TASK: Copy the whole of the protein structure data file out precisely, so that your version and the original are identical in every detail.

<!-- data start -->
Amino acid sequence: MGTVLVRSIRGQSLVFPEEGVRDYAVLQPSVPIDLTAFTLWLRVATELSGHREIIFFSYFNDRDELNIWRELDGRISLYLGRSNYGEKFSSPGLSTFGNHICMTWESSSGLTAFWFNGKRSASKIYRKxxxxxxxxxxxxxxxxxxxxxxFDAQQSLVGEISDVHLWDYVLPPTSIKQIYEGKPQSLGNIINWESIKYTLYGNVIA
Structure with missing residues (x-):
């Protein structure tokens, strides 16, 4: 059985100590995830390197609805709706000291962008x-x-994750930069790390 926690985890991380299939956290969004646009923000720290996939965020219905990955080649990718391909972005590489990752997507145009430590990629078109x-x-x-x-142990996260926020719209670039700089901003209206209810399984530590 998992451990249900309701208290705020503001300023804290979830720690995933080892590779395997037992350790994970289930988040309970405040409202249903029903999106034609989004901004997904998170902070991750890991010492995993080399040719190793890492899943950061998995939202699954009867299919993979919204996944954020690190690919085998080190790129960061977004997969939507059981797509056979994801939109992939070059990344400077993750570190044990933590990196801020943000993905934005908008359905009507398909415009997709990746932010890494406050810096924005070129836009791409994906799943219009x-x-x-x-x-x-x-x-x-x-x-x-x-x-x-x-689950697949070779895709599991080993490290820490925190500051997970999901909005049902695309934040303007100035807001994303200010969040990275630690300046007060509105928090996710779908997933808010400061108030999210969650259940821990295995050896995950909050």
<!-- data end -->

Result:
Amino acid sequence: MGTVLVRSIRGQSLVFPEEGVRDYAVLQPSVPIDLTAFTLWLRVATELSGHREIIFFSYFNDRDELNIWRELDGRISLYLGRSNYGEKFSSPGLSTFGNHICMTWESSSGLTAFWFNGKRSASKIYRKxxxxxxxxxxxxxxxxxxxxxxFDAQQSLVGEISDVHLWDYVLPPTSIKQIYEGKPQSLGNIINWESIKYTLYGNVIA
Structure with missing residues (x-):
């Protein structure tokens, strides 16, 4: 059985100590995830390197609805709706000291962008x-x-994750930069790390 926690985890991380299939956290969004646009923000720290996939965020219905990955080649990718391909972005590489990752997507145009430590990629078109x-x-x-x-142990996260926020719209670039700089901003209206209810399984530590 998992451990249900309701208290705020503001300023804290979830720690995933080892590779395997037992350790994970289930988040309970405040409202249903029903999106034609989004901004997904998170902070991750890991010492995993080399040719190793890492899943950061998995939202699954009867299919993979919204996944954020690190690919085998080190790129960061977004997969939507059981797509056979994801939109992939070059990344400077993750570190044990933590990196801020943000993905934005908008359905009507398909415009997709990746932010890494406050810096924005070129836009791409994906799943219009x-x-x-x-x-x-x-x-x-x-x-x-x-x-x-x-689950697949070779895709599991080993490290820490925190500051997970999901909005049902695309934040303007100035807001994303200010969040990275630690300046007060509105928090996710779908997933808010400061108030999210969650259940821990295995050896995950909050």